• Recognition

     some recent developments

    • VR (Partway with PDP)

    • Specialist (AMC process under way)

  • Rural Training Pathway enabled and integrated

    (Part way with GPET enhanced rural training framework)


  • Acrrm
    ACRRM

    • ACRRM

      • 1700 members

      • FACRRM – 1330 (generalists)

    • Advocacy

    • PDP - unified

      • For VR

      • Procedural

      • Radiology

    • Education - Filling the gaps

      • Telederm, Ultrasound, Anaesthetics, Surgery, Obstetrics

      • Population health (Collaboratives)

    • RRMEO


    The future what it could it look like
    The Future – what it could it look like

    • A different educational pathway with flexibility and rural focus

    • The same infrastructure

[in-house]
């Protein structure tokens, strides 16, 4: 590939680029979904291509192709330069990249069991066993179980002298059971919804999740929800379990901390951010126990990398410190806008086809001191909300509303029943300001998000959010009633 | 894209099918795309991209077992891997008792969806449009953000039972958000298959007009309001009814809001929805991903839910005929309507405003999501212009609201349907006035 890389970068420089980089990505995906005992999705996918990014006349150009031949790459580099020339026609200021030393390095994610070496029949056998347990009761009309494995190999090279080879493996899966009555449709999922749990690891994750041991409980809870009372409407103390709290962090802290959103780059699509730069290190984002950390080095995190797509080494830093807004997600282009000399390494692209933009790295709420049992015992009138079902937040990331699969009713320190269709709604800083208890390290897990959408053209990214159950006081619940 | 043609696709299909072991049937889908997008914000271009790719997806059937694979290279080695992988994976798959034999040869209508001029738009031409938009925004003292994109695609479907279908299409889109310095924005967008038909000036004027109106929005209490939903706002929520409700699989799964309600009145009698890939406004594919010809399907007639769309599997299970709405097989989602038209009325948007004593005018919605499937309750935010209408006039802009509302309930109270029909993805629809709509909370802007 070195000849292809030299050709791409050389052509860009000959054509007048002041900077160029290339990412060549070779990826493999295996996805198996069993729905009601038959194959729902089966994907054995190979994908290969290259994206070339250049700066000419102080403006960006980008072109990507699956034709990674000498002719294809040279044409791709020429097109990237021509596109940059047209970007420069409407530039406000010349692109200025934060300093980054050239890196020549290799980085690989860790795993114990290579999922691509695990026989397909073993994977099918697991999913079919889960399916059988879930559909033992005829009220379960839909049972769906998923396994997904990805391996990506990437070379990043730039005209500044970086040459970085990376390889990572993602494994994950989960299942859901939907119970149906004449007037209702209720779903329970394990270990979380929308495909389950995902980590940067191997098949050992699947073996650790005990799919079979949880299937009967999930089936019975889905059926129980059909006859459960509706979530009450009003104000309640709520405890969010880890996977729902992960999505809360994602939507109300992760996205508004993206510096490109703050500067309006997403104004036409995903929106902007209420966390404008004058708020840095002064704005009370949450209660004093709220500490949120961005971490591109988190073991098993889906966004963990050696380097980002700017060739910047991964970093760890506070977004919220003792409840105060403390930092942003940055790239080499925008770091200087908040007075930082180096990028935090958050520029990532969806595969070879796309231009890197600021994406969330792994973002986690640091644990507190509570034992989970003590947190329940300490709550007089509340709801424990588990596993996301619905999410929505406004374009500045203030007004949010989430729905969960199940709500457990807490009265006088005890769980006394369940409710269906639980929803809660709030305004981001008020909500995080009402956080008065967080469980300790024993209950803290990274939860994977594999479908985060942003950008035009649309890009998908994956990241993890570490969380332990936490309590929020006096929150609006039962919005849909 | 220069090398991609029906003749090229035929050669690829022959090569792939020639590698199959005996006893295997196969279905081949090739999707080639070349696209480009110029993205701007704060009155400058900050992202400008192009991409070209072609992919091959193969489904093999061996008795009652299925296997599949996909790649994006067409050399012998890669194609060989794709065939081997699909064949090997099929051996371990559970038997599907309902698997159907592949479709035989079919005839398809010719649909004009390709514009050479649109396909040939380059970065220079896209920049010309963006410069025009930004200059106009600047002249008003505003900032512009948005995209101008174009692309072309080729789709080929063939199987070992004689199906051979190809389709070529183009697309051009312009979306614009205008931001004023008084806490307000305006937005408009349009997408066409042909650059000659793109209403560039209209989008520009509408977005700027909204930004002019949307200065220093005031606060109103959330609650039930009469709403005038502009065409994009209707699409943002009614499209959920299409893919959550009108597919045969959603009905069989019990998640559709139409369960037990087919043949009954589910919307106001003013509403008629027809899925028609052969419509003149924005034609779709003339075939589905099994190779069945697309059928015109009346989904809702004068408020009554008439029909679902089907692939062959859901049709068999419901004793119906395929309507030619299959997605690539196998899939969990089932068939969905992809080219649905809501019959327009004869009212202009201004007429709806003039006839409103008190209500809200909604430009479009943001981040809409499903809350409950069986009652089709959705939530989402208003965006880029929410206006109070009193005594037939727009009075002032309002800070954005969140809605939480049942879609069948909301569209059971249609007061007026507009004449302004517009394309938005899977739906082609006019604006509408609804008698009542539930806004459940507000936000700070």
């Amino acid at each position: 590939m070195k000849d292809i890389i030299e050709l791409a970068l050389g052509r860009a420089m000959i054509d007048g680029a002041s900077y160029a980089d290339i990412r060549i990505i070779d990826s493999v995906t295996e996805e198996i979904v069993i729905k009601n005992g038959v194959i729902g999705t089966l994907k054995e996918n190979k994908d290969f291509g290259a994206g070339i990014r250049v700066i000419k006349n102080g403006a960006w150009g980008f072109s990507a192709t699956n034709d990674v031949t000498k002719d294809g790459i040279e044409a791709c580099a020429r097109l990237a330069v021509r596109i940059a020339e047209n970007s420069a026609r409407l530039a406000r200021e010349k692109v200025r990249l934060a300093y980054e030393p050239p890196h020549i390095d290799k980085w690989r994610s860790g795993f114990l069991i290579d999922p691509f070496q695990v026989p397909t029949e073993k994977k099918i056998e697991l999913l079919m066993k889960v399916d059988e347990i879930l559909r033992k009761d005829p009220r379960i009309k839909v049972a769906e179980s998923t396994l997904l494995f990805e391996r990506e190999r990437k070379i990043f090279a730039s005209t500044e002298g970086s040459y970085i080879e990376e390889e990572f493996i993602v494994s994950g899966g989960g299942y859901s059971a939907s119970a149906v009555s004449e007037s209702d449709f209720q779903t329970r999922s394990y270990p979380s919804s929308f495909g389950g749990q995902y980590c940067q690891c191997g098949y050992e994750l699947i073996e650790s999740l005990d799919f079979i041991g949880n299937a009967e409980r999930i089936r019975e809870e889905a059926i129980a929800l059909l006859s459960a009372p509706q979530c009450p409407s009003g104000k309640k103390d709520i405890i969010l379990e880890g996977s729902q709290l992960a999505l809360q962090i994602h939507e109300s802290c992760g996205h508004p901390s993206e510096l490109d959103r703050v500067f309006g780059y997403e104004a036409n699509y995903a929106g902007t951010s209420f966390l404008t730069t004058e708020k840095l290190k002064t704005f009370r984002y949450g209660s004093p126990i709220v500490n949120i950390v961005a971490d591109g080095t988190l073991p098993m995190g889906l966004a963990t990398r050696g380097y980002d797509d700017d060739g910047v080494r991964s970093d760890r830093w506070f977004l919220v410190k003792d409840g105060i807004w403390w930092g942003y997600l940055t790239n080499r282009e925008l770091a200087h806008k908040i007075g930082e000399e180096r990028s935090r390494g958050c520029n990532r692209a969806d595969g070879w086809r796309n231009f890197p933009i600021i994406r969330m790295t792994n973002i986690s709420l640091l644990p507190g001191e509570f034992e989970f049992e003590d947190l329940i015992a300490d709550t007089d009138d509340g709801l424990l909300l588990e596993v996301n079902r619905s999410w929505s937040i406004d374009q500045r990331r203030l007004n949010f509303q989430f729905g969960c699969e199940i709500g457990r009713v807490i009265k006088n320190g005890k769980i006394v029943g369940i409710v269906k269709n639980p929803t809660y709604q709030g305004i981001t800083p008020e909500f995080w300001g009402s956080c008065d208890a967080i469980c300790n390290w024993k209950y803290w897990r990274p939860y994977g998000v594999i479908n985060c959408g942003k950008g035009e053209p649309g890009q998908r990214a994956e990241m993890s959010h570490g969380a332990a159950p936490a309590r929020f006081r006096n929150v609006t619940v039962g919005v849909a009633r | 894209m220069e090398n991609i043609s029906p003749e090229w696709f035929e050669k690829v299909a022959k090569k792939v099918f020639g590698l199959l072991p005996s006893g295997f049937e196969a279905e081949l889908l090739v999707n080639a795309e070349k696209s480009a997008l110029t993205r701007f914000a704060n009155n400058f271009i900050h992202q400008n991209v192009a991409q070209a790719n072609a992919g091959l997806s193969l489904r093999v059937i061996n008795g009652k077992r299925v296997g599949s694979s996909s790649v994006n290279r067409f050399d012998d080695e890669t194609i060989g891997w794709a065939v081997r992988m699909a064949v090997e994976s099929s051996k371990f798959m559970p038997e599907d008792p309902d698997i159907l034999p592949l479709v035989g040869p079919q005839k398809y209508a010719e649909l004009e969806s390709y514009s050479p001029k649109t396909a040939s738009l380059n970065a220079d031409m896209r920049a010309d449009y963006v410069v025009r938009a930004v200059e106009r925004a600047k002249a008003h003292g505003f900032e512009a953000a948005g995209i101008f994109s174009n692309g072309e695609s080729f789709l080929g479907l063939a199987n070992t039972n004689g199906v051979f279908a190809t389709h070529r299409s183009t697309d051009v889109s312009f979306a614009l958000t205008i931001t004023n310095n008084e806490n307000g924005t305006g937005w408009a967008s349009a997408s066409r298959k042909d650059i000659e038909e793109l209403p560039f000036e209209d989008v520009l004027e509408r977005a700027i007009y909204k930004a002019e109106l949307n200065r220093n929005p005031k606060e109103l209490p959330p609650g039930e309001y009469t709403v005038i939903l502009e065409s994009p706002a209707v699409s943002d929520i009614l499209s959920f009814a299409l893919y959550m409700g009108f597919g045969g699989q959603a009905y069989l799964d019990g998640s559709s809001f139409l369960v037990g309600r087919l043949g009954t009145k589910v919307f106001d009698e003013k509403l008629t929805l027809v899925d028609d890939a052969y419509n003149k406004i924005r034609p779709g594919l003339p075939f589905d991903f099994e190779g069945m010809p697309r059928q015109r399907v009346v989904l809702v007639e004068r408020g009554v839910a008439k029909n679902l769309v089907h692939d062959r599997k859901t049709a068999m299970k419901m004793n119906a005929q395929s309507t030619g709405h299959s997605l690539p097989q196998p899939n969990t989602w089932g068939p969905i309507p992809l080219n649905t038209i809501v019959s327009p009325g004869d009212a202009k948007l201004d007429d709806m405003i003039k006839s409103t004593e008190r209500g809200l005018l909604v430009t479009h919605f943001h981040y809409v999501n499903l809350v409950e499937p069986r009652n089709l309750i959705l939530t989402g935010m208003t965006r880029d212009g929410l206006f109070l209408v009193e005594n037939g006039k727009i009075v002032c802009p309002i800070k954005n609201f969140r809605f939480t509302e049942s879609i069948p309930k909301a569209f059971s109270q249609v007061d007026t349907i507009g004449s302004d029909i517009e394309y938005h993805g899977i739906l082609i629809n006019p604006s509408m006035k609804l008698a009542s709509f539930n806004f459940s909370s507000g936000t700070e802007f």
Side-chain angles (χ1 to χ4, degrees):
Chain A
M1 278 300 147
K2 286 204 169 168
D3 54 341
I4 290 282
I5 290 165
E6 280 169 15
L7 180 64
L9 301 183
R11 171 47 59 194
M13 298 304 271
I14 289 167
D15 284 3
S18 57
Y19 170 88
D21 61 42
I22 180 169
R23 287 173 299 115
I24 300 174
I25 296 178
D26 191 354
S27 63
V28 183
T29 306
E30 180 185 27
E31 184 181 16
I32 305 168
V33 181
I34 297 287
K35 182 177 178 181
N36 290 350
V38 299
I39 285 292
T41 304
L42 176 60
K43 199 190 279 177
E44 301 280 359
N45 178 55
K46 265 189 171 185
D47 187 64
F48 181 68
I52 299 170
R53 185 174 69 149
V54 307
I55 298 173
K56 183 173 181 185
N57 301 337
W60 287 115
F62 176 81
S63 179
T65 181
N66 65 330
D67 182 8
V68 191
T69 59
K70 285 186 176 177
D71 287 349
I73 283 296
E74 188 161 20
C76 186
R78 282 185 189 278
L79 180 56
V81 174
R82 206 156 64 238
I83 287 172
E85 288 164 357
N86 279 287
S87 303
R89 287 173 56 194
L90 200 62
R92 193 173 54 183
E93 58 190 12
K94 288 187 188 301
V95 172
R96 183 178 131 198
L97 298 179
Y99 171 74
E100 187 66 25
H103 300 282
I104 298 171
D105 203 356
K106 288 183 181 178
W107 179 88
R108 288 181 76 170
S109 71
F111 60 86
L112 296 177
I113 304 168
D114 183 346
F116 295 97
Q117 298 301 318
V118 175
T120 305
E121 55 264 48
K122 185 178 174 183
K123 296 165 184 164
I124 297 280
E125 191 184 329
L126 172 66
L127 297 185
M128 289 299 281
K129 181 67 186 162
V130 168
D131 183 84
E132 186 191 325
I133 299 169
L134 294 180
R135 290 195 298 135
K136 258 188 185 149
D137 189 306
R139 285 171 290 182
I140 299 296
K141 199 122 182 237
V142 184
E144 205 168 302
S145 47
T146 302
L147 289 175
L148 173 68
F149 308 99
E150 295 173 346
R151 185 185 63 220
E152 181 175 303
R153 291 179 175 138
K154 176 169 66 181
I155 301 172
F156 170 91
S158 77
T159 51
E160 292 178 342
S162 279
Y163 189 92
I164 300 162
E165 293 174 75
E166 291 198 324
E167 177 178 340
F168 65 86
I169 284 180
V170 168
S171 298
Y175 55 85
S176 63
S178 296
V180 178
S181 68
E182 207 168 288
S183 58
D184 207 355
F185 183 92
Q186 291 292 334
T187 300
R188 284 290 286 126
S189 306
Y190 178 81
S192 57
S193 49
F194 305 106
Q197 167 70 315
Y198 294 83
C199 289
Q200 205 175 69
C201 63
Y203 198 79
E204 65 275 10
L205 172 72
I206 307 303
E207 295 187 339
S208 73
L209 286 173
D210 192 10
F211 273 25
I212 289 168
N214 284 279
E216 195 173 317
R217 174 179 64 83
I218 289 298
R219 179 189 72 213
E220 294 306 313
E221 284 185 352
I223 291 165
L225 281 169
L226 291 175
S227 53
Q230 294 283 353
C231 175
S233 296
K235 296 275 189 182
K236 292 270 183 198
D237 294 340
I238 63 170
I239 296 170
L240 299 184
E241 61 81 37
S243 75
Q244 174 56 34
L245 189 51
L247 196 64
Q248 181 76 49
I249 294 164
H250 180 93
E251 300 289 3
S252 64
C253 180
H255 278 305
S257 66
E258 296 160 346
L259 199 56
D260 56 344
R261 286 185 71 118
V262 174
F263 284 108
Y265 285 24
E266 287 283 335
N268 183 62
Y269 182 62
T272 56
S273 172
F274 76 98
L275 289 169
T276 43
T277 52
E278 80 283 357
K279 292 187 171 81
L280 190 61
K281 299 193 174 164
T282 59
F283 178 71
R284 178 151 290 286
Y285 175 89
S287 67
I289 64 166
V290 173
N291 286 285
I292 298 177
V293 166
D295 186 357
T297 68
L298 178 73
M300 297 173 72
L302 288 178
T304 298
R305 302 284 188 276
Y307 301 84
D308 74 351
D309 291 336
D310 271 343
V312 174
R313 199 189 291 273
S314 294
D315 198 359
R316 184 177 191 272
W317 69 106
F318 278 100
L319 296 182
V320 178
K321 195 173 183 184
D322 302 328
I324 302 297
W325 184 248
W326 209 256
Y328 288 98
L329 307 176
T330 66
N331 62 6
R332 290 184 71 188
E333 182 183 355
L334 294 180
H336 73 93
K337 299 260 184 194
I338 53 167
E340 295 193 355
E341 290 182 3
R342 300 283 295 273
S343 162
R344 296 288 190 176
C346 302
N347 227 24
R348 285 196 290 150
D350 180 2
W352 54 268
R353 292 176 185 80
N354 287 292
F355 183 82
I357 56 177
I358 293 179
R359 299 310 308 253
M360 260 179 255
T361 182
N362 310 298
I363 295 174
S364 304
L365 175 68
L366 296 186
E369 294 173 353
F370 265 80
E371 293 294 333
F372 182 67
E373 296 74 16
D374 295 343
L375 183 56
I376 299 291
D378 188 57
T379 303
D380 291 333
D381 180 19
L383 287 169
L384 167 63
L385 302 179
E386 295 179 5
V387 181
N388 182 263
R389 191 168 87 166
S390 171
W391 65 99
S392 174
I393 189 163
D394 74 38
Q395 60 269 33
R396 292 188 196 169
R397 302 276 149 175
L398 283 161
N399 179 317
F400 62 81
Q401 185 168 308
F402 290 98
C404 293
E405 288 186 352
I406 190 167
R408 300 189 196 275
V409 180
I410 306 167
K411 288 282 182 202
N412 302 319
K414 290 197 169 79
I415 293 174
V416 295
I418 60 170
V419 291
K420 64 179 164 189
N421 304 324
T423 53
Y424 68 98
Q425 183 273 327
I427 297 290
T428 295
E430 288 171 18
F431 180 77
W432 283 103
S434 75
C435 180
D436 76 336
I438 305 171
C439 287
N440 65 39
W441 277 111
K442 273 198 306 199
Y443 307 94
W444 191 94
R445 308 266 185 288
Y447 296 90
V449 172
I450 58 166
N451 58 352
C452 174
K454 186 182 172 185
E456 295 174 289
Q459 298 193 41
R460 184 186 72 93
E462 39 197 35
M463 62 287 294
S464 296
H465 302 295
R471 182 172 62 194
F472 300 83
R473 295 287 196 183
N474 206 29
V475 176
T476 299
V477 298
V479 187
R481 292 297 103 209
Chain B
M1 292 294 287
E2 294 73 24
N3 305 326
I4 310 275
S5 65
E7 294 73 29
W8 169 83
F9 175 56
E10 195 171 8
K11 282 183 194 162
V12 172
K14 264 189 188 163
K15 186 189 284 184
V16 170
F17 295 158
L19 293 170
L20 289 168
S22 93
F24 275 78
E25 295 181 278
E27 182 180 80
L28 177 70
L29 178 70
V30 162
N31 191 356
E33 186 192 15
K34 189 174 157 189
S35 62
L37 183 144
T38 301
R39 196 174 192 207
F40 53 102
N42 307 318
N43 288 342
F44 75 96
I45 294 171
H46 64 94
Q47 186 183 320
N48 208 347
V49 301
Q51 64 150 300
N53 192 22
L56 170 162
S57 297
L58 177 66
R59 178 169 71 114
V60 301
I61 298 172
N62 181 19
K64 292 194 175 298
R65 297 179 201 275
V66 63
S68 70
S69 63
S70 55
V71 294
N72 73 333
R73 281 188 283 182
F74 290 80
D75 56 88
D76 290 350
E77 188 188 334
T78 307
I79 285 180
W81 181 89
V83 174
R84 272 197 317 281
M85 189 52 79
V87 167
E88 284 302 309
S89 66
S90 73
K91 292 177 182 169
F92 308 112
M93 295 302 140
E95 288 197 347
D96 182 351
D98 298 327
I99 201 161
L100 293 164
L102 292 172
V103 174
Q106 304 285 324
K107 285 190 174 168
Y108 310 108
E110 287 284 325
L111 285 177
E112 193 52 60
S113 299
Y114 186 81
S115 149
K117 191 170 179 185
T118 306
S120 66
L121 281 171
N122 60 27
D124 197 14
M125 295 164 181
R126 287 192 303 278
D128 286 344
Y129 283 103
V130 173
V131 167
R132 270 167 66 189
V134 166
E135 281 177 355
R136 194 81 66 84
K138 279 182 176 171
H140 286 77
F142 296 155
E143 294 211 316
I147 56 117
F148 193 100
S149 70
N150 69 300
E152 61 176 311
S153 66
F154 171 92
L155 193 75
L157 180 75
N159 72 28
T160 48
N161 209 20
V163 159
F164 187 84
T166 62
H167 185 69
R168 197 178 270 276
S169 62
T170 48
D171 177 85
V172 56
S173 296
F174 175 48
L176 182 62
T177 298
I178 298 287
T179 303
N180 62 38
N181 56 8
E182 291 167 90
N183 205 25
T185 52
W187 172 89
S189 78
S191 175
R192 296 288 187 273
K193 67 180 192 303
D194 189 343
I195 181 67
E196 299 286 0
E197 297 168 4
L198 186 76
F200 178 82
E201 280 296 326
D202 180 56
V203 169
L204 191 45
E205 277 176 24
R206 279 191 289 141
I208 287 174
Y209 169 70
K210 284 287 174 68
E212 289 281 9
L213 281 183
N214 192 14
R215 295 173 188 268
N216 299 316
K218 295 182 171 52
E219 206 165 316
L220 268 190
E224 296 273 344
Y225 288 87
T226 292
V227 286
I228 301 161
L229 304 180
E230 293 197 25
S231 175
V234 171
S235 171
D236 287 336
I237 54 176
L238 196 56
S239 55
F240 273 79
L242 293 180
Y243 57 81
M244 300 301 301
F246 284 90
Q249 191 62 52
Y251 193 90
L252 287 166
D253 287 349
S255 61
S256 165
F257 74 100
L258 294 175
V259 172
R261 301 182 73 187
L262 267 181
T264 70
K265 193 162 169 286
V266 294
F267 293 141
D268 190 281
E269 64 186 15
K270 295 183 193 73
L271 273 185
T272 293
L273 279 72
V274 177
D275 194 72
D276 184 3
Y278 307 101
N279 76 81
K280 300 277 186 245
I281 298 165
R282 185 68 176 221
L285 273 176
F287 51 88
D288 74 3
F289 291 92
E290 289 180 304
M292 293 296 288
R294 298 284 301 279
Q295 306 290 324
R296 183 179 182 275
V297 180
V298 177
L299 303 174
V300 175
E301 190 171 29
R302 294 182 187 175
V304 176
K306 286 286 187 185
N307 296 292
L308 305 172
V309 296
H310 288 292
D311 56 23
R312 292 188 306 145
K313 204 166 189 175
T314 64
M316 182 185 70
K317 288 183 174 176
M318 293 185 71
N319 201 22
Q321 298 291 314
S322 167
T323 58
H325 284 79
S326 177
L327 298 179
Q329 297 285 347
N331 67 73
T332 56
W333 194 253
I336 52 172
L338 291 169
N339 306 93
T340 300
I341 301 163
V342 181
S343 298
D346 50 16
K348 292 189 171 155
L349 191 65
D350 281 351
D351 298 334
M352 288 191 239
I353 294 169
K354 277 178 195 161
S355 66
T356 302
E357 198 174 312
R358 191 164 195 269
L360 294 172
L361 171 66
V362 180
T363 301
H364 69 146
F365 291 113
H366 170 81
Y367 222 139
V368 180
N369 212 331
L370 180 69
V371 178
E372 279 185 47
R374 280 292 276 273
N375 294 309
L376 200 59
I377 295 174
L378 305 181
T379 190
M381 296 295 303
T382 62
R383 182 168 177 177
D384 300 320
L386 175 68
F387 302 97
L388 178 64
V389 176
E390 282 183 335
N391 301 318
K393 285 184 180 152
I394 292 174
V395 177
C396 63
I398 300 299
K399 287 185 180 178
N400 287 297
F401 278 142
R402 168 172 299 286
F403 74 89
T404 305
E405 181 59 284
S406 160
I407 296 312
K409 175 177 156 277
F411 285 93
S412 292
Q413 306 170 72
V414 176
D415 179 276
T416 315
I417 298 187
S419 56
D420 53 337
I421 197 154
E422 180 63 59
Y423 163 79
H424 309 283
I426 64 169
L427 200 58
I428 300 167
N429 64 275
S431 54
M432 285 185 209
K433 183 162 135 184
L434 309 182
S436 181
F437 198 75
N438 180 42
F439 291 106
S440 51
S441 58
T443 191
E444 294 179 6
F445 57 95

• Targeted selection to a different cohort

    • Targeted incentives to learn not just be there


    Future
    Future

    • Recognition and specialisation

    • Simpler pathway to RRM - choice

    • Further development/refinement of standards

    • Further development of assessment incl exam

    • Educational gaps addressed e.g. procedural

    • Increasing rural infrastructure incl Regional Training Providers, Rural Clinical Schools University departments of Rural Health and rural teaching practices

    • CPMC and College collaboration


    Future workforce
    Future workforce

    • Important determinant of other factors

      Workforce Lifestyle Family

    • Ground work done and infrastructure in place

    • Wave of students coming

    • Attract and keep

    • Nourish and keep them up to date

    • RECOGNISE and REWARD